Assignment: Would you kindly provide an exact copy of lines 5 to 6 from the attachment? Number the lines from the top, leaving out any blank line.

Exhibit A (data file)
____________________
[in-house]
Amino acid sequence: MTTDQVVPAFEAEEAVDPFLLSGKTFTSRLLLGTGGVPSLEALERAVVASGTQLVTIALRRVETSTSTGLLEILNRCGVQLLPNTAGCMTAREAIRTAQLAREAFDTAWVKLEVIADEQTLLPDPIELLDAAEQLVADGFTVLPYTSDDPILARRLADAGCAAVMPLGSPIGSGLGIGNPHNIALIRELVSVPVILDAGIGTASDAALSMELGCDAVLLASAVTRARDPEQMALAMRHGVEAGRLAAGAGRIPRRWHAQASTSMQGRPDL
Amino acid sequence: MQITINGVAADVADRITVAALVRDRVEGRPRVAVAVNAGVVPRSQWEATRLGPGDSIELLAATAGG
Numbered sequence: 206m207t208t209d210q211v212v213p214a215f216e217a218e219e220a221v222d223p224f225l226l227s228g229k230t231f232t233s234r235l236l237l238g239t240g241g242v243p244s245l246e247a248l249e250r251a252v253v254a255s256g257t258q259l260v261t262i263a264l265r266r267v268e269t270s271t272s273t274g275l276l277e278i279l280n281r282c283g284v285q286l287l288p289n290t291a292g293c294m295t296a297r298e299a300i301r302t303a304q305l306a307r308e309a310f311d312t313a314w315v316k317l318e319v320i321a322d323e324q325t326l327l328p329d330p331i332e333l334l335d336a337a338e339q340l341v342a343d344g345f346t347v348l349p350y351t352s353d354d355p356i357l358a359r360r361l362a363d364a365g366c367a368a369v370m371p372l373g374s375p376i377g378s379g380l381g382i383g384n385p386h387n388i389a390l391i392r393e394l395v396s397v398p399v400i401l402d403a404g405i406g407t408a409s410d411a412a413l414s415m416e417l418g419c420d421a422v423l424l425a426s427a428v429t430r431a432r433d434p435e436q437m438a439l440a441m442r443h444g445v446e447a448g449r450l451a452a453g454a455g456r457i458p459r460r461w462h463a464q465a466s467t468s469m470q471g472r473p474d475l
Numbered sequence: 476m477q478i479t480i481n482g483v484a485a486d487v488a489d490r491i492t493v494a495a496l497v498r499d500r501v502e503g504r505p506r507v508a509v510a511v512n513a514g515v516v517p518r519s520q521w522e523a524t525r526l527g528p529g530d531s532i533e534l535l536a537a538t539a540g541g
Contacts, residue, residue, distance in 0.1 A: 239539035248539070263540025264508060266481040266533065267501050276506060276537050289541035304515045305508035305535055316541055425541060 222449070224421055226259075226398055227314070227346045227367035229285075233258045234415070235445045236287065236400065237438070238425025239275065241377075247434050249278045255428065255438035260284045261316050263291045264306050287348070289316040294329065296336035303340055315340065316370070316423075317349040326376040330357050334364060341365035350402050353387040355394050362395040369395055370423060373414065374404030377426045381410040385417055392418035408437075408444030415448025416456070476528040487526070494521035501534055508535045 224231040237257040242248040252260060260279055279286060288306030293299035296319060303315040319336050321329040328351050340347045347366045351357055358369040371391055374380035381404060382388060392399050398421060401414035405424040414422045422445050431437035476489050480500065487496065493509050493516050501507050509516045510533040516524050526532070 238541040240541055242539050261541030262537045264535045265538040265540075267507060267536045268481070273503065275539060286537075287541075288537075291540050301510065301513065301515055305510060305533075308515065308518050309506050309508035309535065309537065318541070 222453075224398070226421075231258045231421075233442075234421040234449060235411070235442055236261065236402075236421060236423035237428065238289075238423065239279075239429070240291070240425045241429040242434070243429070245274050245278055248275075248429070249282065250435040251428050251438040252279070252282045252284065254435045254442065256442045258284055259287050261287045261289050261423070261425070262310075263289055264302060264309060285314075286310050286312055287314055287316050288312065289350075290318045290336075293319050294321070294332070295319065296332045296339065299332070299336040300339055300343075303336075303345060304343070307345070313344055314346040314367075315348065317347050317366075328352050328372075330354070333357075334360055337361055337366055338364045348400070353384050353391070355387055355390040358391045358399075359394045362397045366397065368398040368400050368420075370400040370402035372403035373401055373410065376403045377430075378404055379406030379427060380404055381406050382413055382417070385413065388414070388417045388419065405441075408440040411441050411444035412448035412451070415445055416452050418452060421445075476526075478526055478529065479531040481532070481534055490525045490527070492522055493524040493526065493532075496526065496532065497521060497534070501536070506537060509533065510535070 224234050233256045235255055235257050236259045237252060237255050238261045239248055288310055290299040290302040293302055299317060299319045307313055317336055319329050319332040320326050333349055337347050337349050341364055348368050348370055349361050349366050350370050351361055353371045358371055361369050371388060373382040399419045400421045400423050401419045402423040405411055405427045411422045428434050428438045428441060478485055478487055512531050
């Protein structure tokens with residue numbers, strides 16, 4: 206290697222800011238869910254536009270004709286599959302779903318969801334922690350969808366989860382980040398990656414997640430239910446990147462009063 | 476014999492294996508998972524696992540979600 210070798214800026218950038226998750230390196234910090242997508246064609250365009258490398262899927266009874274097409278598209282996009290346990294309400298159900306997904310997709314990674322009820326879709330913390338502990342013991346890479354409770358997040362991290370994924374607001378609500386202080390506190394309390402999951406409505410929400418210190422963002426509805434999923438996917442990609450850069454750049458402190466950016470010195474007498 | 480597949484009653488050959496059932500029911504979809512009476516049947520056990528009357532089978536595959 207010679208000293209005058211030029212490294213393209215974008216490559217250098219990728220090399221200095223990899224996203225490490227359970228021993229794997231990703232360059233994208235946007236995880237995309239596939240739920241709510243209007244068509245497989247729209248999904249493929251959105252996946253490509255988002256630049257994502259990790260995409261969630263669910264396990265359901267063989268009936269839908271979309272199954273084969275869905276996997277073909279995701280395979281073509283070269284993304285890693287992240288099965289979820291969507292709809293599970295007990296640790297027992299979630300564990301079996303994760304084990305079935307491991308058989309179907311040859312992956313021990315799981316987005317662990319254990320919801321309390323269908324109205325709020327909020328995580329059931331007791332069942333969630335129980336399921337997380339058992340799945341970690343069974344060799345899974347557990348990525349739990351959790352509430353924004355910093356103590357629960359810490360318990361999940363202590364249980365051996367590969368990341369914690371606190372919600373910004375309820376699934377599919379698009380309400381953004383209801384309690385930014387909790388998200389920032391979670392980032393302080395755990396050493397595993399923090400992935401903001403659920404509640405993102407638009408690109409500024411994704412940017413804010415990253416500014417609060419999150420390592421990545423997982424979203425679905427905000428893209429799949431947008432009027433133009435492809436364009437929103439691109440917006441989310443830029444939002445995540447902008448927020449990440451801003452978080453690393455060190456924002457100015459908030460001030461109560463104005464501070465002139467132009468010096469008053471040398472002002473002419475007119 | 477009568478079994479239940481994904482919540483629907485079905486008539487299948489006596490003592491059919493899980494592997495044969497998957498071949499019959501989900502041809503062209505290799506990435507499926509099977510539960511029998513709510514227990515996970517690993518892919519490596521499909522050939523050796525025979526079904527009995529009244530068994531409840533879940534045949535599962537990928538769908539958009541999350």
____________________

Numbered sequence: 476m477q478i479t480i481n482g483v484a485a486d487v488a489d490r491i492t493v494a495a496l497v498r499d500r501v502e503g504r505p506r507v508a509v510a511v512n513a514g515v516v517p518r519s520q521w522e523a524t525r526l527g528p529g530d531s532i533e534l535l536a537a538t539a540g541g
Contacts, residue, residue, distance in 0.1 A: 239539035248539070263540025264508060266481040266533065267501050276506060276537050289541035304515045305508035305535055316541055425541060 222449070224421055226259075226398055227314070227346045227367035229285075233258045234415070235445045236287065236400065237438070238425025239275065241377075247434050249278045255428065255438035260284045261316050263291045264306050287348070289316040294329065296336035303340055315340065316370070316423075317349040326376040330357050334364060341365035350402050353387040355394050362395040369395055370423060373414065374404030377426045381410040385417055392418035408437075408444030415448025416456070476528040487526070494521035501534055508535045 224231040237257040242248040252260060260279055279286060288306030293299035296319060303315040319336050321329040328351050340347045347366045351357055358369040371391055374380035381404060382388060392399050398421060401414035405424040414422045422445050431437035476489050480500065487496065493509050493516050501507050509516045510533040516524050526532070 238541040240541055242539050261541030262537045264535045265538040265540075267507060267536045268481070273503065275539060286537075287541075288537075291540050301510065301513065301515055305510060305533075308515065308518050309506050309508035309535065309537065318541070 222453075224398070226421075231258045231421075233442075234421040234449060235411070235442055236261065236402075236421060236423035237428065238289075238423065239279075239429070240291070240425045241429040242434070243429070245274050245278055248275075248429070249282065250435040251428050251438040252279070252282045252284065254435045254442065256442045258284055259287050261287045261289050261423070261425070262310075263289055264302060264309060285314075286310050286312055287314055287316050288312065289350075290318045290336075293319050294321070294332070295319065296332045296339065299332070299336040300339055300343075303336075303345060304343070307345070313344055314346040314367075315348065317347050317366075328352050328372075330354070333357075334360055337361055337366055338364045348400070353384050353391070355387055355390040358391045358399075359394045362397045366397065368398040368400050368420075370400040370402035372403035373401055373410065376403045377430075378404055379406030379427060380404055381406050382413055382417070385413065388414070388417045388419065405441075408440040411441050411444035412448035412451070415445055416452050418452060421445075476526075478526055478529065479531040481532070481534055490525045490527070492522055493524040493526065493532075496526065496532065497521060497534070501536070506537060509533065510535070 224234050233256045235255055235257050236259045237252060237255050238261045239248055288310055290299040290302040293302055299317060299319045307313055317336055319329050319332040320326050333349055337347050337349050341364055348368050348370055349361050349366050350370050351361055353371045358371055361369050371388060373382040399419045400421045400423050401419045402423040405411055405427045411422045428434050428438045428441060478485055478487055512531050